While AT&T, like its carrier competition, allows authorized third parties access to customers' location-based data for the purpose of services that a customer consents to, such as roadside assistance, the carrier said that it is actively investigating how data aggregators may have gained unauthorized access to location data.
"Our top priority is to protect customer's information, and, to that end, we have suspended all access by Securus to AT&T customer location data," said Timothy McKone, executive vice president of Federal relations for AT&T in a letter to Wyden.
Altaworx is a Fairhope, Ala.-based solution provider that is offering IoT services to end customers today. Most of its use cases center around GPS tracking using AT&T's network. Rickie Richey, CEO of Altaworx, said he's not sure that GPS-related services that triangulate user and asset location will be affected as a result of carriers cutting their contracts with location data aggregators. However, businesses that are using location-based services to push out advertising to end customers may be impacted, he said.
Sprint, for its part, said it had suspended all services with LocationSmart since May 25 and will begin the process of terminating its contracts with data aggregators after it completes its internal review.
T-Mobile's vocal CEO, John Legere, also took to Twitter to let Wyden know that the Bellevue, Wash.-based wireless carrier was also stepping up to the plate.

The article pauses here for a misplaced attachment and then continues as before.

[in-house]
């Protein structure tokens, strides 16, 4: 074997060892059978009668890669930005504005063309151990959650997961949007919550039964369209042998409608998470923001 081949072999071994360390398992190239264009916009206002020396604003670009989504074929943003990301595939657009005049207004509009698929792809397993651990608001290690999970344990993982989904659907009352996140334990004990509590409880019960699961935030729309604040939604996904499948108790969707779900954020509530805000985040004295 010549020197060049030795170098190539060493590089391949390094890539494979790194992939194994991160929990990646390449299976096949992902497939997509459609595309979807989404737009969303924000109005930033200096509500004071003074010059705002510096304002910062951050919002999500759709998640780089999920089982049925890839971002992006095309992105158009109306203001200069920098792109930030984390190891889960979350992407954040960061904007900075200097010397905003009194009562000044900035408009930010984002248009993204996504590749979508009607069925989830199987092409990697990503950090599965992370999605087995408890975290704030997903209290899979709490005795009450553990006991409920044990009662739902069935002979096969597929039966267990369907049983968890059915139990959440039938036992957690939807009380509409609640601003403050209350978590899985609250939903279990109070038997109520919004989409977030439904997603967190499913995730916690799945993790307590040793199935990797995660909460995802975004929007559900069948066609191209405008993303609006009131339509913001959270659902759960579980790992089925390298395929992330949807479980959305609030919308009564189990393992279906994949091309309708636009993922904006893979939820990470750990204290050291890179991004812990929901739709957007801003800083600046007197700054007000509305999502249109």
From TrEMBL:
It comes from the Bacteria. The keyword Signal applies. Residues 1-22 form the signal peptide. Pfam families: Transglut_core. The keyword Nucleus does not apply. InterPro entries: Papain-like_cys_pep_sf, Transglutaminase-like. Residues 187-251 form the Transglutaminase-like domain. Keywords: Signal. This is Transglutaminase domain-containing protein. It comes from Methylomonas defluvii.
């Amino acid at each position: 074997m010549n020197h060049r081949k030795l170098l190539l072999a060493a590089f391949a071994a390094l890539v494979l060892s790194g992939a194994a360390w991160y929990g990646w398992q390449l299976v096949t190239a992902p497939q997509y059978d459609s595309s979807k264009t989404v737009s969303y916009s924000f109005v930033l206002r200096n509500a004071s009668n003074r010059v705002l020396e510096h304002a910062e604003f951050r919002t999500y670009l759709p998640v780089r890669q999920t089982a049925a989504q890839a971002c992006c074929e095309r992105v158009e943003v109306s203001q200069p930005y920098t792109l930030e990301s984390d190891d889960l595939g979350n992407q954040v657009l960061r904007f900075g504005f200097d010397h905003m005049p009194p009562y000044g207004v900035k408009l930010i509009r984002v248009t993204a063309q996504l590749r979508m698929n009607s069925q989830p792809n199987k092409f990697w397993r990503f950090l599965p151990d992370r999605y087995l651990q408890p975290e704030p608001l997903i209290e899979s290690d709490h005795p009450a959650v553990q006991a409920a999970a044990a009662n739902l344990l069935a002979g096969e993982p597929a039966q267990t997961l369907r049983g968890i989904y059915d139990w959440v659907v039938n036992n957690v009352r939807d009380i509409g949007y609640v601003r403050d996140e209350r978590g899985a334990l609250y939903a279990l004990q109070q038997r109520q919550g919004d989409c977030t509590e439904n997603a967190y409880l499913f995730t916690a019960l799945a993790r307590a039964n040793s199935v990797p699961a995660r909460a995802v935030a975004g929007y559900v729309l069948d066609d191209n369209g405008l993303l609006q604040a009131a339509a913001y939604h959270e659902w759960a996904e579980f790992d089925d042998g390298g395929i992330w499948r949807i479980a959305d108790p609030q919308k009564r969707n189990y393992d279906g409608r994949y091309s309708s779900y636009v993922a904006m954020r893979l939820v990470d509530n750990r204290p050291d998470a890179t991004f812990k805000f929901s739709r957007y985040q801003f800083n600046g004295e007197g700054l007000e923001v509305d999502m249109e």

"Sounds like word hasn’t gotten to you, [Wyden] I’ve personally evaluated this issue and have pledged that [T-Mobile] will not sell customer location data to shady middlemen. Your consumer advocacy is admirable and we remain committed to consumer privacy," Legere wrote in a tweet.
But the move to sever ties with location data aggregators could be because carriers would rather keep customer location to themselves to benefit their own marketing services, according to one solution provider that partners with AT&T and Verizon that requested anonymity.
"I'm not sure if it's more of revenue thing, if [the carriers] are concerned with how the data is being used, or if it's both," an executive for the solution provider said. "Your vertical gets a little stronger if you’re the one who is controlling where the data goes and what it's being used for."
Reports emerged this week that said Dallas-based AT&T is currently in talks to buy advertising technology company AppNexus for $1.6 billion in a deal that would give the carrier a foothold in digital ad sales, according to the Wall Street Journal.
AT&T declined to comment on the AppNexus reports.
Data privacy isn't just top of mind for carriers and customers; the government is also taking a stand against the misuse of location data.
On Friday, the U.S. Supreme Court ruled that warrants are necessary for obtaining cell phone location data. The new federal law, in a 5-4 ruling, says that police will need a court-approved warrant for access to a wireless carrier's database of user location data.
The ruling sets a higher bar to clear for police trying to obtain cellphone location data that could indicate the location of a suspect. The court said that access to wireless carrier data without a warrant, a routine request from many police agencies, amounts to an unreasonable search and seizure under the U.S. Constitution’s Fourth Amendment.